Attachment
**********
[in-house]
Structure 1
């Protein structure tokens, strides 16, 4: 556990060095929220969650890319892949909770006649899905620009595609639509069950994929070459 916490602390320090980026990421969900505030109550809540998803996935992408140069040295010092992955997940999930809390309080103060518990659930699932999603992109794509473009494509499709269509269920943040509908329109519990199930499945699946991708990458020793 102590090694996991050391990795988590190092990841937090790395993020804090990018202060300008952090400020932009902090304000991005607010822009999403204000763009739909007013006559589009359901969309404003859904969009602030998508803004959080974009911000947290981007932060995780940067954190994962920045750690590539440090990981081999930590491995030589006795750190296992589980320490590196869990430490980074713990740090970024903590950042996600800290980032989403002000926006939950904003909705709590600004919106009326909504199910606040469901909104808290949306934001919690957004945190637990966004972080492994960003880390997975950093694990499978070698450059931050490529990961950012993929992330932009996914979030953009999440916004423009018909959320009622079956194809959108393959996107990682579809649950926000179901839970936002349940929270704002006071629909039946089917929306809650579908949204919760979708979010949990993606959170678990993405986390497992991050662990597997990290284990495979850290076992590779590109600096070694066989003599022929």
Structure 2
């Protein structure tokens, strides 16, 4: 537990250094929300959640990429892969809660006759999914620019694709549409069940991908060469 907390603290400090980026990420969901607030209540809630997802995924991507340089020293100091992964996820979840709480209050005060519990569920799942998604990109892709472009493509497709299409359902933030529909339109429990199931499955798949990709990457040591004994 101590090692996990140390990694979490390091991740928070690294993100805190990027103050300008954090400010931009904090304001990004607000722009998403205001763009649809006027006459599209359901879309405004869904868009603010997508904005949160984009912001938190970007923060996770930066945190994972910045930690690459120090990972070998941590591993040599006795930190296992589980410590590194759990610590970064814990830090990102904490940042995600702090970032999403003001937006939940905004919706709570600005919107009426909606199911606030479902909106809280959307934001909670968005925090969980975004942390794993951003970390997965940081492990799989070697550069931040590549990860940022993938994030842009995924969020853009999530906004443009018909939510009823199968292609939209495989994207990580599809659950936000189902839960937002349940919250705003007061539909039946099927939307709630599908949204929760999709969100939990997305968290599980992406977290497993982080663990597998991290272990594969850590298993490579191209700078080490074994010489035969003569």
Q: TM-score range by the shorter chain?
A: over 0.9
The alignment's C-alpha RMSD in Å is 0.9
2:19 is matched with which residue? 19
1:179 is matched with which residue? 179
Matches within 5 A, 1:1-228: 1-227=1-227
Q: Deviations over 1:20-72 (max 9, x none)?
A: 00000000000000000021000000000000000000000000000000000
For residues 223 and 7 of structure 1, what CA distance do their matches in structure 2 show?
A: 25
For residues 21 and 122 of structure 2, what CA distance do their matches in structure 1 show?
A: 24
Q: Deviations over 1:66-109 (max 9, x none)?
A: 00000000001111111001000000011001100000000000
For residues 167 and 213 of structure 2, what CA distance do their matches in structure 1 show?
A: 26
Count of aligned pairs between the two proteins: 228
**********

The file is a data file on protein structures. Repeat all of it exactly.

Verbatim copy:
[in-house]
Structure 1
């Protein structure tokens, strides 16, 4: 556990060095929220969650890319892949909770006649899905620009595609639509069950994929070459 916490602390320090980026990421969900505030109550809540998803996935992408140069040295010092992955997940999930809390309080103060518990659930699932999603992109794509473009494509499709269509269920943040509908329109519990199930499945699946991708990458020793 102590090694996991050391990795988590190092990841937090790395993020804090990018202060300008952090400020932009902090304000991005607010822009999403204000763009739909007013006559589009359901969309404003859904969009602030998508803004959080974009911000947290981007932060995780940067954190994962920045750690590539440090990981081999930590491995030589006795750190296992589980320490590196869990430490980074713990740090970024903590950042996600800290980032989403002000926006939950904003909705709590600004919106009326909504199910606040469901909104808290949306934001919690957004945190637990966004972080492994960003880390997975950093694990499978070698450059931050490529990961950012993929992330932009996914979030953009999440916004423009018909959320009622079956194809959108393959996107990682579809649950926000179901839970936002349940929270704002006071629909039946089917929306809650579908949204919760979708979010949990993606959170678990993405986390497992991050662990597997990290284990495979850290076992590779590109600096070694066989003599022929």
Structure 2
């Protein structure tokens, strides 16, 4: 537990250094929300959640990429892969809660006759999914620019694709549409069940991908060469 907390603290400090980026990420969901607030209540809630997802995924991507340089020293100091992964996820979840709480209050005060519990569920799942998604990109892709472009493509497709299409359902933030529909339109429990199931499955798949990709990457040591004994 101590090692996990140390990694979490390091991740928070690294993100805190990027103050300008954090400010931009904090304001990004607000722009998403205001763009649809006027006459599209359901879309405004869904868009603010997508904005949160984009912001938190970007923060996770930066945190994972910045930690690459120090990972070998941590591993040599006795930190296992589980410590590194759990610590970064814990830090990102904490940042995600702090970032999403003001937006939940905004919706709570600005919107009426909606199911606030479902909106809280959307934001909670968005925090969980975004942390794993951003970390997965940081492990799989070697550069931040590549990860940022993938994030842009995924969020853009999530906004443009018909939510009823199968292609939209495989994207990580599809659950936000189902839960937002349940919250705003007061539909039946099927939307709630599908949204929760999709969100939990997305968290599980992406977290497993982080663990597998991290272990594969850590298993490579191209700078080490074994010489035969003569």
Q: TM-score range by the shorter chain?
A: over 0.9
The alignment's C-alpha RMSD in Å is 0.9
2:19 is matched with which residue? 19
1:179 is matched with which residue? 179
Matches within 5 A, 1:1-228: 1-227=1-227
Q: Deviations over 1:20-72 (max 9, x none)?
A: 00000000000000000021000000000000000000000000000000000
For residues 223 and 7 of structure 1, what CA distance do their matches in structure 2 show?
A: 25
For residues 21 and 122 of structure 2, what CA distance do their matches in structure 1 show?
A: 24
Q: Deviations over 1:66-109 (max 9, x none)?
A: 00000000001111111001000000011001100000000000
For residues 167 and 213 of structure 2, what CA distance do their matches in structure 1 show?
A: 26
Count of aligned pairs between the two proteins: 228